Master filmmaker Michelangelo Antonioni, the Italian director responsible for Blow-Up, L'Avventura and The Passenger, died yesterday. He was 94.
While not having the lustrous filmogaphy of Ingmar Bergman, who also died yesterday, Antonioni nonetheless contributed influential work to the cinematic zeitgeist. He rose to prominence in the 1960s by capturing Swinging London in Blow-Up, a paranoid thriller about a fashion photographer, played by David Hemmings, who believes he captured a murder with his camera. The film led to numerous remakes and knock-offs. DePalma's Blow-Out and Coppola's The Conversation are the most notable. Mike Meyers' Austin Powers character wouldn't have existed without Blow-Up.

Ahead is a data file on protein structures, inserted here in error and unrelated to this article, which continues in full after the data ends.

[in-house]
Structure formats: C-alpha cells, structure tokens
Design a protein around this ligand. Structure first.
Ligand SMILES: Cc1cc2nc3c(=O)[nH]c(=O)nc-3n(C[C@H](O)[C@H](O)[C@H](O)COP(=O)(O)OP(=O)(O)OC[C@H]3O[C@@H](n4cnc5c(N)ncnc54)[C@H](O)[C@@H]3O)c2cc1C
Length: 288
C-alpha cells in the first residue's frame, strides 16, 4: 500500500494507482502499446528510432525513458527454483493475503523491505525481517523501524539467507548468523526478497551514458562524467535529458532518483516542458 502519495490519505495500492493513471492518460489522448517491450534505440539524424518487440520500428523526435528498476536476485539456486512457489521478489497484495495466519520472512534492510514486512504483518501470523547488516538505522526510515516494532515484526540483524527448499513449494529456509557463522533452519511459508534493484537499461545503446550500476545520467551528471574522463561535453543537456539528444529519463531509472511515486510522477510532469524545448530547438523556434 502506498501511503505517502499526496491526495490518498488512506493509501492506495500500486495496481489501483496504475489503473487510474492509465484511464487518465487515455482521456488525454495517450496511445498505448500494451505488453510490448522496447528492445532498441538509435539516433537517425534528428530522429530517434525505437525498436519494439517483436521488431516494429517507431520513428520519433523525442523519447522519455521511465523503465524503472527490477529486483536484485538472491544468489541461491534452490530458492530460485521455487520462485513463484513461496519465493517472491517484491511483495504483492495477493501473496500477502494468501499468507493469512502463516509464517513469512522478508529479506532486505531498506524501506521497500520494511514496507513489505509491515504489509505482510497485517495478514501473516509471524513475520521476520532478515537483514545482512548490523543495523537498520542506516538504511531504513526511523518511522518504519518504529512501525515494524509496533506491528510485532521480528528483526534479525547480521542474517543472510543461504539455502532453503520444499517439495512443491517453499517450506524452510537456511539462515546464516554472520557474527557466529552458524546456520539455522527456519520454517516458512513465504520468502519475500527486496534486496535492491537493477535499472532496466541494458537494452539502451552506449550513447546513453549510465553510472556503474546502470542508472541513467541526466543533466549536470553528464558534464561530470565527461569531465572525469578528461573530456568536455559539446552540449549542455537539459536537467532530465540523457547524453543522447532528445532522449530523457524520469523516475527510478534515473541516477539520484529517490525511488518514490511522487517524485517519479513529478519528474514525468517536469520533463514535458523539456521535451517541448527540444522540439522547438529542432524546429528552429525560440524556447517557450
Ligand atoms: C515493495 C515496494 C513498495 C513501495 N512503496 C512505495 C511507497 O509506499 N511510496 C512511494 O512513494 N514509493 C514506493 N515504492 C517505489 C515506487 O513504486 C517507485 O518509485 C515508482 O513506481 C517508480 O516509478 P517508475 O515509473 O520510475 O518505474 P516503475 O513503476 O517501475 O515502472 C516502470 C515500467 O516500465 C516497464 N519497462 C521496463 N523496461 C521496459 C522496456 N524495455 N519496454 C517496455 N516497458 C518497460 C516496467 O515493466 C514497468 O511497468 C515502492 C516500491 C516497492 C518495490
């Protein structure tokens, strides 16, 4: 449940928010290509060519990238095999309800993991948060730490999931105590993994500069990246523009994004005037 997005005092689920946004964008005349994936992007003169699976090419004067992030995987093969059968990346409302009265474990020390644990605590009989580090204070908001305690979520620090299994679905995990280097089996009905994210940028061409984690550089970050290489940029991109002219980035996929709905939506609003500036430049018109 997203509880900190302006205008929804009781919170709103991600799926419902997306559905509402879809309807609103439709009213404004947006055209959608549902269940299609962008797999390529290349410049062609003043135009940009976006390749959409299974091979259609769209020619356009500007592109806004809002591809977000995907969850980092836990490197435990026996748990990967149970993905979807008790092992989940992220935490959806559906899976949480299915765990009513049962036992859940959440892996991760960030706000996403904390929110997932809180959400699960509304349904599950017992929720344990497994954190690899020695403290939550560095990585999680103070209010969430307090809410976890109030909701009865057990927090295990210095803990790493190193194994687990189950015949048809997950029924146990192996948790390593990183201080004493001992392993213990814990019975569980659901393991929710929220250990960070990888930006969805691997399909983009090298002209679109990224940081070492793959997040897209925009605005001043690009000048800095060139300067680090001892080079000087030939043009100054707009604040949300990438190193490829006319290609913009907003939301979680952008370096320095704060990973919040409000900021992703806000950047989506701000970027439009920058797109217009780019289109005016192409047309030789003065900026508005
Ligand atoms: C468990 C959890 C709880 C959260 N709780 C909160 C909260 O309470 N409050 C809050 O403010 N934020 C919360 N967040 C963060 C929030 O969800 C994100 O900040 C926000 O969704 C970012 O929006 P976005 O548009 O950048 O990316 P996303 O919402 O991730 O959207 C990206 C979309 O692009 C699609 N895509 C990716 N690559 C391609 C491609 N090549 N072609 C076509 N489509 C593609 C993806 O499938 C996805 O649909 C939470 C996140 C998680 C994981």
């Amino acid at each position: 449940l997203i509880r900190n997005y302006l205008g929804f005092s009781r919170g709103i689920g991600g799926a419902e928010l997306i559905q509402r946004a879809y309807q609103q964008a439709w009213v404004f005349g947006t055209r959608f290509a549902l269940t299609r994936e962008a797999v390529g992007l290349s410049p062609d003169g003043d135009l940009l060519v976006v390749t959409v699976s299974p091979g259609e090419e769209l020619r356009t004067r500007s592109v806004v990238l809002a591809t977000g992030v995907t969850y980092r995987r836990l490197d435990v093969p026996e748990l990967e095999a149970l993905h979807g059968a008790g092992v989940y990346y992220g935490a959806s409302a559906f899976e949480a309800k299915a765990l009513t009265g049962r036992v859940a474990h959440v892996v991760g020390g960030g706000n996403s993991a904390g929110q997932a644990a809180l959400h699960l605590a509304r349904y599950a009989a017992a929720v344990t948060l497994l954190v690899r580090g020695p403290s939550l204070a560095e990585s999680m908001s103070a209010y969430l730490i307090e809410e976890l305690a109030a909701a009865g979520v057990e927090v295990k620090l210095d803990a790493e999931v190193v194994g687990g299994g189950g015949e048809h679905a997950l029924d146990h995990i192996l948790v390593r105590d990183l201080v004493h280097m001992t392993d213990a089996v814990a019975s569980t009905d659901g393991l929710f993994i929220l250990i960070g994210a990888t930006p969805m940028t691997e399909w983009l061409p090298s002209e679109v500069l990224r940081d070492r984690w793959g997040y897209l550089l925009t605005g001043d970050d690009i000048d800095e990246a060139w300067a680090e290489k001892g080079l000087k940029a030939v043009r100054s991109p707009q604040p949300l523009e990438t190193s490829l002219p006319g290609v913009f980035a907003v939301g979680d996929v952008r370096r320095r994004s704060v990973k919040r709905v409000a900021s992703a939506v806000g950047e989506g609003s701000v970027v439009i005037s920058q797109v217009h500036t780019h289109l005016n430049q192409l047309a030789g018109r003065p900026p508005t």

Antonioni's other films rode the international wave of cinema crashing onto the shores of the United States in the '60s and '70s, only increasing his renown. His output slowed considerably as the '70s became the '80s, and he didn't direct a feature-length narrative work after 1995. Still, like Bergman, Antonioni will remain an important force in high-minded filmmaking, writing and academia and his legacy will remain as one of the most important filmmakers of his generation.